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Of these, the Percolozoa (Heterolobosea) and Euglenozoa appear to be particularly close relatives, and are united by the presence of discoid cristae within the mitochondria. Most jakobids have tubular cristae, like most other protists, while the metamonads are unusual in having lost classical mitochondria - instead they have 'hydrogenosomes', 'mitosomes' or uncharacterised organelles. Excavate relationships are still uncertain; it is possible that they are not a monophyletic group.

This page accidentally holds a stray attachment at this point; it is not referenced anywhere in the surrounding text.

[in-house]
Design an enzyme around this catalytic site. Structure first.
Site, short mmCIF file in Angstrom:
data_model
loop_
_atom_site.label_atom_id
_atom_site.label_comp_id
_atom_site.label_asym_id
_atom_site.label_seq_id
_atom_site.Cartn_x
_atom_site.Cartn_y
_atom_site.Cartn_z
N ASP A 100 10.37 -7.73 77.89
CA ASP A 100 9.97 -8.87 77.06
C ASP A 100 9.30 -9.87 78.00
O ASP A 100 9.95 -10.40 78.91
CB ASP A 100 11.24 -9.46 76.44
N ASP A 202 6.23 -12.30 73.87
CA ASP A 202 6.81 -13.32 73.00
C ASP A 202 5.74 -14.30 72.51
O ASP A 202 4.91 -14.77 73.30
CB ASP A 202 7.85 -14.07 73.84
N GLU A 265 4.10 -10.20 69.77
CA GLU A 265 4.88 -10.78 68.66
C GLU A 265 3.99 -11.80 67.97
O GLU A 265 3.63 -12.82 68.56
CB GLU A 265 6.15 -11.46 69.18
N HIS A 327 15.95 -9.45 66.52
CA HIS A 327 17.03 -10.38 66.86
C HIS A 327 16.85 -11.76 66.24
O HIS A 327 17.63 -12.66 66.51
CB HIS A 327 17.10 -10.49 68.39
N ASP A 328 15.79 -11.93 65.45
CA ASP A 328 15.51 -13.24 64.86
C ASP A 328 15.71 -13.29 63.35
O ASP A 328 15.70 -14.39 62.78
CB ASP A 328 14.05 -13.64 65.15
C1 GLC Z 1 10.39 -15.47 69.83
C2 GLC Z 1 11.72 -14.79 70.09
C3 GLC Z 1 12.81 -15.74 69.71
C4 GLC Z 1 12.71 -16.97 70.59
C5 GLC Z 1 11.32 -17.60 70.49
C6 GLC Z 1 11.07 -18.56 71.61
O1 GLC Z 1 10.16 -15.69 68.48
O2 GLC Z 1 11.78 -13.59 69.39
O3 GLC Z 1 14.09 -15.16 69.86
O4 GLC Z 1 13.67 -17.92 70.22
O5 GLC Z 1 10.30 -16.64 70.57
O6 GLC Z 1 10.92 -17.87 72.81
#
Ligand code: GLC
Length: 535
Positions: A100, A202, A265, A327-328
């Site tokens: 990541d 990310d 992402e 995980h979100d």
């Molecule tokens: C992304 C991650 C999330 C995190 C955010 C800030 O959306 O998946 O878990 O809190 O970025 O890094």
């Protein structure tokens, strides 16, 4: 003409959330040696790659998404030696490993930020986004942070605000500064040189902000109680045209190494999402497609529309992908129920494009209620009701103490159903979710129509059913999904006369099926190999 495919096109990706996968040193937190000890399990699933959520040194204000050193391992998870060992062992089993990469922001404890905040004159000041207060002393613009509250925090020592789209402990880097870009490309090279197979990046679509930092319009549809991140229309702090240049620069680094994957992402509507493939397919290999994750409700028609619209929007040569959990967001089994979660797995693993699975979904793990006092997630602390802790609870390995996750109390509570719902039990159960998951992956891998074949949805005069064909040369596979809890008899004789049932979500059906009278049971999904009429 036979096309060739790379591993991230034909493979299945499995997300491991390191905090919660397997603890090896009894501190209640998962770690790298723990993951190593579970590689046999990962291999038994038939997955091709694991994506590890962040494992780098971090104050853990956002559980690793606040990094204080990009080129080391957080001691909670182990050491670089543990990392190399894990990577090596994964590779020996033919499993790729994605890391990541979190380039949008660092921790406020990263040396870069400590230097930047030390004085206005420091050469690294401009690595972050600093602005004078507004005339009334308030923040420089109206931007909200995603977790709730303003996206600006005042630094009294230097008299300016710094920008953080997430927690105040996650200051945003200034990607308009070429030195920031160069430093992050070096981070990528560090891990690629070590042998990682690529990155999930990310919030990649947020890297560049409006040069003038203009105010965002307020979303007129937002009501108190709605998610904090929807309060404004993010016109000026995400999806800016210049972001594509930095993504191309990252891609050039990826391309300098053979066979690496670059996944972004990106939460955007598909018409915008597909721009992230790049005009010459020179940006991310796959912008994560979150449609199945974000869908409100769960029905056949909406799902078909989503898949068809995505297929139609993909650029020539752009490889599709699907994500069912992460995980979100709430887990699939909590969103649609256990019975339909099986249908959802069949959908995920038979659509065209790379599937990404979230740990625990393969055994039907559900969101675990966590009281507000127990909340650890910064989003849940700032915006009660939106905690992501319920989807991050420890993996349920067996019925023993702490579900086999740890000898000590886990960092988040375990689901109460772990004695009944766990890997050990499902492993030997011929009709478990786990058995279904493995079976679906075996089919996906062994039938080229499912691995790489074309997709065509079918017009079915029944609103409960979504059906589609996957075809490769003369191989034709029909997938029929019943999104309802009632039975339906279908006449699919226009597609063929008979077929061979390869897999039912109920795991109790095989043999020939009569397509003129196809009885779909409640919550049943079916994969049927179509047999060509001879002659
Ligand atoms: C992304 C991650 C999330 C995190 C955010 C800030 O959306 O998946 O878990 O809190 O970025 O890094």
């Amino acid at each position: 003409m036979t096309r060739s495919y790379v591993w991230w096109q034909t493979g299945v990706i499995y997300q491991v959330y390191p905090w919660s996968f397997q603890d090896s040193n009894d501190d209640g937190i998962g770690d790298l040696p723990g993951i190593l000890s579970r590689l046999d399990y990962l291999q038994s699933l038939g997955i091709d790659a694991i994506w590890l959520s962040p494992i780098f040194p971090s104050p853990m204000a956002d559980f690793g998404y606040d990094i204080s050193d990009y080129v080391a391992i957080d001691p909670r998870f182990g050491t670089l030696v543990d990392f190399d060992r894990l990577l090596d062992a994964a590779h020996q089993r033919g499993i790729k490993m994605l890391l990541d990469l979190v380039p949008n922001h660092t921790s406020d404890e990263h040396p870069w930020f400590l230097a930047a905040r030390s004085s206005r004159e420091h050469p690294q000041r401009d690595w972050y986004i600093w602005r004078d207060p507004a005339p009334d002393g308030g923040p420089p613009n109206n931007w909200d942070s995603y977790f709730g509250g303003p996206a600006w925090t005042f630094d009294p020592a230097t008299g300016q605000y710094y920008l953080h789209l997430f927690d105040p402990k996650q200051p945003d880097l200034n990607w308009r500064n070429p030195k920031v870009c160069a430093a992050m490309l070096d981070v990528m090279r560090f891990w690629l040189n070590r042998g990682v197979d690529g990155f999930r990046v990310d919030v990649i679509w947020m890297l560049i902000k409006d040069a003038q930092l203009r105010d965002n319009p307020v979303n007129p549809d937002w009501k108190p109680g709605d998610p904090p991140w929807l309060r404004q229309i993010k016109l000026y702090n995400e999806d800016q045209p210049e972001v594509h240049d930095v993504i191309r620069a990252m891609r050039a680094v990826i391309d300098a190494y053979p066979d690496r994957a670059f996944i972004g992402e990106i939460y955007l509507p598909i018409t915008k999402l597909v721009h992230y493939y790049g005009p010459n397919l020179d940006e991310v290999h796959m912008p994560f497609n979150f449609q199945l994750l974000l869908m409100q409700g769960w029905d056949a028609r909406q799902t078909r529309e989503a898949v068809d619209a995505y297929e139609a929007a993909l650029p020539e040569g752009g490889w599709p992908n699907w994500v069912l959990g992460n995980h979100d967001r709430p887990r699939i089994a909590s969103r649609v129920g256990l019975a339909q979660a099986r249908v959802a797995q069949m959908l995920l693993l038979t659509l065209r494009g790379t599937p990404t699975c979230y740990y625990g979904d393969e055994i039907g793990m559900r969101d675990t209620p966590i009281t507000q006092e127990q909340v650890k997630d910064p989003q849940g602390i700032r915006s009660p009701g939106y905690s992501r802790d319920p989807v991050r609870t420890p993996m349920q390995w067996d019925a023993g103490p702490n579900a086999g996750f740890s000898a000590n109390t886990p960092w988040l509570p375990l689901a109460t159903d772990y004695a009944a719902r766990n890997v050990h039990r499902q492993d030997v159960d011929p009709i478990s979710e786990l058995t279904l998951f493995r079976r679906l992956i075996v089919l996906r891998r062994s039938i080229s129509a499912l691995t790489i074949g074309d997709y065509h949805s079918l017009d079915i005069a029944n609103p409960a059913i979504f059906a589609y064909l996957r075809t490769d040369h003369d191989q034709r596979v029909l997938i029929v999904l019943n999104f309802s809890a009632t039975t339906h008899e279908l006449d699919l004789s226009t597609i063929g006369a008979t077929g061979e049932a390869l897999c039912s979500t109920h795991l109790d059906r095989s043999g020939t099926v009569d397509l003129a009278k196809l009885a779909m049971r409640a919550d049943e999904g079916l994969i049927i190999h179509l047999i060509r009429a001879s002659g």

Certain excavates are often considered among the most primitive eukaryotes, based partly on their placement in many evolutionary trees. This could encourage proposals that excavates are a paraphyletic grade that includes the ancestors of other living eukaryotes. However, the placement of certain excavates as 'early branches' may be an analysis artifact caused by long branch attraction, as has been seen with some other groups, for example, microsporidia.
|This article is licensed under the GNU Free Documentation License. It uses material from the Wikipedia article "Excavate". A list of authors is available in Wikipedia.|